Google just announced its earnings for Q4 of last year, and it's looking like one of the stronger financial quarters the company has had in some time. Overall revenue for the quarter was $18.1 billion, up from $16.86 billion one year ago, and net income of $4.76 billion was up 40 percent over a year ago, when the company pulled in $3.38 billion in profits.
Despite the fact that both those revenue and profit numbers were up a healthy margin over a year ago, it wasn't quite enough to be Wall Street expectations. Analysts had predicted $18.46 in revenue and earnings per share (EPS) of $7.11, and Google missed on both those fronts — the actual EPS for the quarter ended up at $6.88.
As usual, Google's advertising business was by far the biggest contributor to the company's bottom line — 89 percent of its total revenues were advertising-related. As for its other businesses, CFO Patrick Pichette noted that other revenue grew to $2 billion for the quarter and specifically cited strong growth in Google's Play Store. YouTube revenue was also up significantly — up over 100 percent year over year, and watch time on the service was up 50 percent year over year. As Google searches for more ways to improve its mobile advertising business, it's clear that YouTube could be the company's best chance at getting ads in front of people using their phones.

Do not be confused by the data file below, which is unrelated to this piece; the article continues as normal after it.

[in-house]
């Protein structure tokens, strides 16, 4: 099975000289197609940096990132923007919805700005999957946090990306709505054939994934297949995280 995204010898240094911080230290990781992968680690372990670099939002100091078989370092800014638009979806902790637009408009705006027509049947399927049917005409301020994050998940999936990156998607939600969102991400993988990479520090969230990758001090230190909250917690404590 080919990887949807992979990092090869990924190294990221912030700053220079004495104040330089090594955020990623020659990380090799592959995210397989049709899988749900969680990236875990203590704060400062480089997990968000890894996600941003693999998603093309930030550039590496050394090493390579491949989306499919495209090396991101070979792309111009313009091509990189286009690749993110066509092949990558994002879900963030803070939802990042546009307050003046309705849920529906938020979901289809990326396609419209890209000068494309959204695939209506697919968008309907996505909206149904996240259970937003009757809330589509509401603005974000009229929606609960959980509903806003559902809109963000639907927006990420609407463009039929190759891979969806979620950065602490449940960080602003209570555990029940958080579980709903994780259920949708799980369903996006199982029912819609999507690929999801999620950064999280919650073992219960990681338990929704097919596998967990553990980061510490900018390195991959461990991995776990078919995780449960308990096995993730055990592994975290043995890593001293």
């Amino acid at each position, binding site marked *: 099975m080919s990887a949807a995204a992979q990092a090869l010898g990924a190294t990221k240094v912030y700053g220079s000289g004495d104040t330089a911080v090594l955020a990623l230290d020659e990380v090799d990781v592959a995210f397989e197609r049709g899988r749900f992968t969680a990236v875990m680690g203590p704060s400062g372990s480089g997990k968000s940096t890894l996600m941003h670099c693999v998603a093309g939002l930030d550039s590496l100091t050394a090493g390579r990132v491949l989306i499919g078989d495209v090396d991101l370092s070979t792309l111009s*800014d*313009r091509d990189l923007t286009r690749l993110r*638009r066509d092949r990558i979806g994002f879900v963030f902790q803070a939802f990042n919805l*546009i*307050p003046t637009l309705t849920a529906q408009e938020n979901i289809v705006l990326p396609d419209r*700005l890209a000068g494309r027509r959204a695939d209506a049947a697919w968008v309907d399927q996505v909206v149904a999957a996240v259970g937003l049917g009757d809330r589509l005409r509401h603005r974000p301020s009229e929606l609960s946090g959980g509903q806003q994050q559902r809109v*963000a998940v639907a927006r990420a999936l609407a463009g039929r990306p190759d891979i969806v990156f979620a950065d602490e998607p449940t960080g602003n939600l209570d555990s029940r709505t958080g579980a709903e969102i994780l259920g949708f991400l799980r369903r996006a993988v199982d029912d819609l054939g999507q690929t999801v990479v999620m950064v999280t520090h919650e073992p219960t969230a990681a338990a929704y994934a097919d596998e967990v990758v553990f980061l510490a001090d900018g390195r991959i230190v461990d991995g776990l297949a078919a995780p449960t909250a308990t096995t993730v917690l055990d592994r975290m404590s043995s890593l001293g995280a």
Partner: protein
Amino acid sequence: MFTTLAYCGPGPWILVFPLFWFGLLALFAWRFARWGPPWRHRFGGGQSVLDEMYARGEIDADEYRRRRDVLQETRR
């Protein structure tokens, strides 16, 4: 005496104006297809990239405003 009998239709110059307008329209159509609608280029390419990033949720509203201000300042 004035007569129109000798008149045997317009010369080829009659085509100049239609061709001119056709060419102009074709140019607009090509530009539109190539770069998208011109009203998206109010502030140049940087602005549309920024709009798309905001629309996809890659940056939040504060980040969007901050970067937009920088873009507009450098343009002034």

Pichette also took a moment to address Google's strategy with businesses outside of its core advertising unit, saying that the company is disciplined with where it spends its money — and when projects don't work out, like Glass, the company is ready to pause, rethink, or stop them altogether. We already knew that Google was ready to significantly re-think Glass, but it's still notable to hear Google's CFO all but come out and call it a failure thus far.
Google was not immune to major changes in foreign exchange rates during the quarter, something that impacted earnings for Apple, Microsoft, Facebook, and others. A stronger dollar has made overseas products more expensive, which has prompted price adjustments. For its part, Google said that the changes took about $541 million off its revenue.
It's worth noting that Google's net income this quarter was buoyed by the company's sale of the Motorola division to Lenovo, a transaction that closed back in October. This resulted in a $740 million gain for the company. Related, Google's CFO Patrick Pichette said that they company had a lot of trouble meeting the demand for the company's new Nexus 6 smartphone — "we had real issues and were unable to secure the inventory" Google needed to meet demand.